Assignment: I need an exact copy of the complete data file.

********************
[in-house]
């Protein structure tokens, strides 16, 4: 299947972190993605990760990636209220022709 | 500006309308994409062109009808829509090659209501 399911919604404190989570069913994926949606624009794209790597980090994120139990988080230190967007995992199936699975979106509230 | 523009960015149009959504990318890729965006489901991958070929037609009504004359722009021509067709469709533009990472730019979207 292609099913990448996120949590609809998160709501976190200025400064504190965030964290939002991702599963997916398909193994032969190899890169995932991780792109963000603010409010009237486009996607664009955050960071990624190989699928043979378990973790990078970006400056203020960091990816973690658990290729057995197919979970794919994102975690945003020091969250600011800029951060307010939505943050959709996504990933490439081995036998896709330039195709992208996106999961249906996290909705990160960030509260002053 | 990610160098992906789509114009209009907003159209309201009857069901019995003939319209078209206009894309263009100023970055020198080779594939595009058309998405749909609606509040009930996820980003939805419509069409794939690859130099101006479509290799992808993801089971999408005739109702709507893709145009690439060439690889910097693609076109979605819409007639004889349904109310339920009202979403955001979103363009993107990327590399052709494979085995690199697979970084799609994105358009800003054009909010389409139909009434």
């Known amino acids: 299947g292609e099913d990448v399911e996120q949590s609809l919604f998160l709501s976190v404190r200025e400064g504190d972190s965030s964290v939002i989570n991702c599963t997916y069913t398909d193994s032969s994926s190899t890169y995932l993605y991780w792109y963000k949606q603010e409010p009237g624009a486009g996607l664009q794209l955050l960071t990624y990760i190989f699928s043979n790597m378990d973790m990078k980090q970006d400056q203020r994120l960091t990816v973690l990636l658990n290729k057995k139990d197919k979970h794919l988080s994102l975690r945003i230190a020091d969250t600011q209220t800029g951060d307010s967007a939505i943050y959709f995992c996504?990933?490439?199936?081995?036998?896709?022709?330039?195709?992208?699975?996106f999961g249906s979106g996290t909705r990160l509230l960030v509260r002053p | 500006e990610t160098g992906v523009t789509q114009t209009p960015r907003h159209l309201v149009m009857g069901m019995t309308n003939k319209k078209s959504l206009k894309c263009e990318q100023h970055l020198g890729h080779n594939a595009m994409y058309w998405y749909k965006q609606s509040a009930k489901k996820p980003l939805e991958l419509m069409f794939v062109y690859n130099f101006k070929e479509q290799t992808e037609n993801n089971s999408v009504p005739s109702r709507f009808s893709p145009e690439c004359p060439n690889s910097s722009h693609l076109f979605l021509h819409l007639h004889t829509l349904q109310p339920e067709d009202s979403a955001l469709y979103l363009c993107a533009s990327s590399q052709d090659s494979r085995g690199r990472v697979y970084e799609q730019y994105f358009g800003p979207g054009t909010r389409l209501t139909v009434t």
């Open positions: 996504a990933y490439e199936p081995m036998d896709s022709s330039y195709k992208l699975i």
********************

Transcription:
[in-house]
């Protein structure tokens, strides 16, 4: 299947972190993605990760990636209220022709 | 500006309308994409062109009808829509090659209501 399911919604404190989570069913994926949606624009794209790597980090994120139990988080230190967007995992199936699975979106509230 | 523009960015149009959504990318890729965006489901991958070929037609009504004359722009021509067709469709533009990472730019979207 292609099913990448996120949590609809998160709501976190200025400064504190965030964290939002991702599963997916398909193994032969190899890169995932991780792109963000603010409010009237486009996607664009955050960071990624190989699928043979378990973790990078970006400056203020960091990816973690658990290729057995197919979970794919994102975690945003020091969250600011800029951060307010939505943050959709996504990933490439081995036998896709330039195709992208996106999961249906996290909705990160960030509260002053 | 990610160098992906789509114009209009907003159209309201009857069901019995003939319209078209206009894309263009100023970055020198080779594939595009058309998405749909609606509040009930996820980003939805419509069409794939690859130099101006479509290799992808993801089971999408005739109702709507893709145009690439060439690889910097693609076109979605819409007639004889349904109310339920009202979403955001979103363009993107990327590399052709494979085995690199697979970084799609994105358009800003054009909010389409139909009434």
């Known amino acids: 299947g292609e099913d990448v399911e996120q949590s609809l919604f998160l709501s976190v404190r200025e400064g504190d972190s965030s964290v939002i989570n991702c599963t997916y069913t398909d193994s032969s994926s190899t890169y995932l993605y991780w792109y963000k949606q603010e409010p009237g624009a486009g996607l664009q794209l955050l960071t990624y990760i190989f699928s043979n790597m378990d973790m990078k980090q970006d400056q203020r994120l960091t990816v973690l990636l658990n290729k057995k139990d197919k979970h794919l988080s994102l975690r945003i230190a020091d969250t600011q209220t800029g951060d307010s967007a939505i943050y959709f995992c996504?990933?490439?199936?081995?036998?896709?022709?330039?195709?992208?699975?996106f999961g249906s979106g996290t909705r990160l509230l960030v509260r002053p | 500006e990610t160098g992906v523009t789509q114009t209009p960015r907003h159209l309201v149009m009857g069901m019995t309308n003939k319209k078209s959504l206009k894309c263009e990318q100023h970055l020198g890729h080779n594939a595009m994409y058309w998405y749909k965006q609606s509040a009930k489901k996820p980003l939805e991958l419509m069409f794939v062109y690859n130099f101006k070929e479509q290799t992808e037609n993801n089971s999408v009504p005739s109702r709507f009808s893709p145009e690439c004359p060439n690889s910097s722009h693609l076109f979605l021509h819409l007639h004889t829509l349904q109310p339920e067709d009202s979403a955001l469709y979103l363009c993107a533009s990327s590399q052709d090659s494979r085995g690199r990472v697979y970084e799609q730019y994105f358009g800003p979207g054009t909010r389409l209501t139909v009434t």
């Open positions: 996504a990933y490439e199936p081995m036998d896709s022709s330039y195709k992208l699975i």